Oliphint, K. Scott
This collection of essays sets in the foreground the necessity of exegetical and theological foundations for any Reformed, Christian apologetic. A Reformed apologetic is only Reformed to the extent that its tenets, principles, and methodology are formed and re-formed by Scripture.
Here, noted theologians show the necessity of the truth of Scripture and the implications of that truth for apologetics—spelling out more clearly the need for, and the beauty of, an apologetic surrounded by the rich truths of the Reformed faith.
Table of Contents:
Introduction – K. Scott Oliphint and Lane H. Tipton
Part 1: Reformed Apologetics: Exegetical Considerations
1. Epistemological Reflections on 1 Corinthians 2:6-16 – Richard B. Gaffin Jr.
2. Resurrection, Proof, and Presuppositonalism: Acts 17:30-31 – Lane G. Tipton
3. The Irrationality of Unbelief: An Exegetical Study – K. Scott Oliphint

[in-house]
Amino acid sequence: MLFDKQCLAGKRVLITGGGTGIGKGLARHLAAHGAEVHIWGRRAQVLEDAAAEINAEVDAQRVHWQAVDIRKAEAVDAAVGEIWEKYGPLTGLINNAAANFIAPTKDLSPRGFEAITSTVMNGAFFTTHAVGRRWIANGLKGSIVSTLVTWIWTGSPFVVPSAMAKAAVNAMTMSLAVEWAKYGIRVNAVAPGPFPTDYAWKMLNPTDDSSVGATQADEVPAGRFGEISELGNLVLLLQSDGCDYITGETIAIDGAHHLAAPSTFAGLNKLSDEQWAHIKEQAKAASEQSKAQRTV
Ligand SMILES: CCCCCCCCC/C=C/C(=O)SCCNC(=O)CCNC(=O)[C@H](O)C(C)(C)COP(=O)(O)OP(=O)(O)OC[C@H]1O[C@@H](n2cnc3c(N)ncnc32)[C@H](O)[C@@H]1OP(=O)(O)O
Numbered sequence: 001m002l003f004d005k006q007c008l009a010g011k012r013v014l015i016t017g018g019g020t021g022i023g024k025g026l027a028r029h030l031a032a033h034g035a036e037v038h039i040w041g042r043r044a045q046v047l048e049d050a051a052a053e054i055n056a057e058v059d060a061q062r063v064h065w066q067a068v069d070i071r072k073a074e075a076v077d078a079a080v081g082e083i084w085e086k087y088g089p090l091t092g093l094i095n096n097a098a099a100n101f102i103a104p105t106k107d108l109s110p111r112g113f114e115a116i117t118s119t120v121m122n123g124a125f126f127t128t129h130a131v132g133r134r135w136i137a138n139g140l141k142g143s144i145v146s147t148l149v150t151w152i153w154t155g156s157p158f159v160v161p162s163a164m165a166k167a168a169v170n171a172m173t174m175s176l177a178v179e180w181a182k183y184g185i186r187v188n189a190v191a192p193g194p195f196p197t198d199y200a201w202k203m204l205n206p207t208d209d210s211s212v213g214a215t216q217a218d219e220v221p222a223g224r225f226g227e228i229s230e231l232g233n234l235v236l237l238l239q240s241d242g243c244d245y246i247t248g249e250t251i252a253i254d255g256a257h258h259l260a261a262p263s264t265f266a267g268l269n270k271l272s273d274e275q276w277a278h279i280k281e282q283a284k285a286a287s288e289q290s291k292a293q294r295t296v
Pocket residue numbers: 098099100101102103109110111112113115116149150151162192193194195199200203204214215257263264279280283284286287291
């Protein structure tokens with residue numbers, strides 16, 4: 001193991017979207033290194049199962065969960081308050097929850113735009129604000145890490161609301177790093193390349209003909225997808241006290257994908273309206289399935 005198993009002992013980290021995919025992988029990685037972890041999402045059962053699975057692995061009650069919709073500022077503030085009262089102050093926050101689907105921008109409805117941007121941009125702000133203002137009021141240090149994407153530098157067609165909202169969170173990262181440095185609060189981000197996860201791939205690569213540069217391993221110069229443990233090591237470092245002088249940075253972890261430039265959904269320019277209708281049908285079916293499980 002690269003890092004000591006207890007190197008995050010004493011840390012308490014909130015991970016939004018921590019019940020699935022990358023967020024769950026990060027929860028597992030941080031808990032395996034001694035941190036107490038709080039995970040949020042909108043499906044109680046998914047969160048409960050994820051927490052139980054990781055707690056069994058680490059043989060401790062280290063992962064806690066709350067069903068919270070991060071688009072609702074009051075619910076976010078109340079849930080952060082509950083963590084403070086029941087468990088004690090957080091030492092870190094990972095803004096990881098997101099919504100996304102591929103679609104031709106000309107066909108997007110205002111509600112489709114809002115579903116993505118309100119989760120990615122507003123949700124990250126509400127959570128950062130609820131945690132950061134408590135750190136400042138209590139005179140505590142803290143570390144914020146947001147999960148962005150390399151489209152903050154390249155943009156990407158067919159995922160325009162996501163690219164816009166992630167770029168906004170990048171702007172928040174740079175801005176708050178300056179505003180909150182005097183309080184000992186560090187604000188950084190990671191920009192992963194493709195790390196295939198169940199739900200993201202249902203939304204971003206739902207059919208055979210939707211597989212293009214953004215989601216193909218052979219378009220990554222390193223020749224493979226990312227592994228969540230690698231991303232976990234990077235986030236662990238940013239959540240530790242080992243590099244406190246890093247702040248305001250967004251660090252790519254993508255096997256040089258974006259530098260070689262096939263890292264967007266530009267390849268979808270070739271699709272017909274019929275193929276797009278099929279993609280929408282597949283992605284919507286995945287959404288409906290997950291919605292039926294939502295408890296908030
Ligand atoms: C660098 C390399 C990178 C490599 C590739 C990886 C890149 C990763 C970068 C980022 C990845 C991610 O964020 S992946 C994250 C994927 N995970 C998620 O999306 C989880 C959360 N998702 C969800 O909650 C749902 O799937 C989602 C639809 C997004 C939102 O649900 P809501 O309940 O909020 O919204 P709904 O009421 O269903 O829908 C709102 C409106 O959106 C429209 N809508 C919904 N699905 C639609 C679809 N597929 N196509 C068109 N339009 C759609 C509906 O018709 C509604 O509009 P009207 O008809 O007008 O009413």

4. The Case for Calvinistic Hermeneutics – Moises Silva
5. Paul’s Christological Interpretation of Creation and Presuppositional Apologetics – Lane G. Tipton
Part 2: Reformed Apologetics: Theological Foundations
6. Divine Aseity and Apologetics – John M. Frame
7. Consistently Reformed: The Inheritance and Legacy of Van Til’s Apologetic – Michael S. Horton
8. A Confessional Apologetic – Thom E. Notar
9. Theologia Naturalis: A Reformed Tradition – Jeffrey K. Jue
10. The Eschatological Implications of Genesis 2:15 for Apologetics – William D. Dennison
Part 3: Reformed Apologetics: Methodological Implications
11. The Old-New Reformed Epistemology – K. Scott Oliphint
12. The Fate of Apologetics in an Age of Normal Nihilism – Michael W. Payne
13. Turn! Turn! Turn! Reformed Apologetics and the Cultural Dimension – William Edgar
14. Van Til and Transcendental Argument – Don Collett
Appendix: Cornelius Van Til and the Reformation of Christian Apologetics – K. Scott Oliphint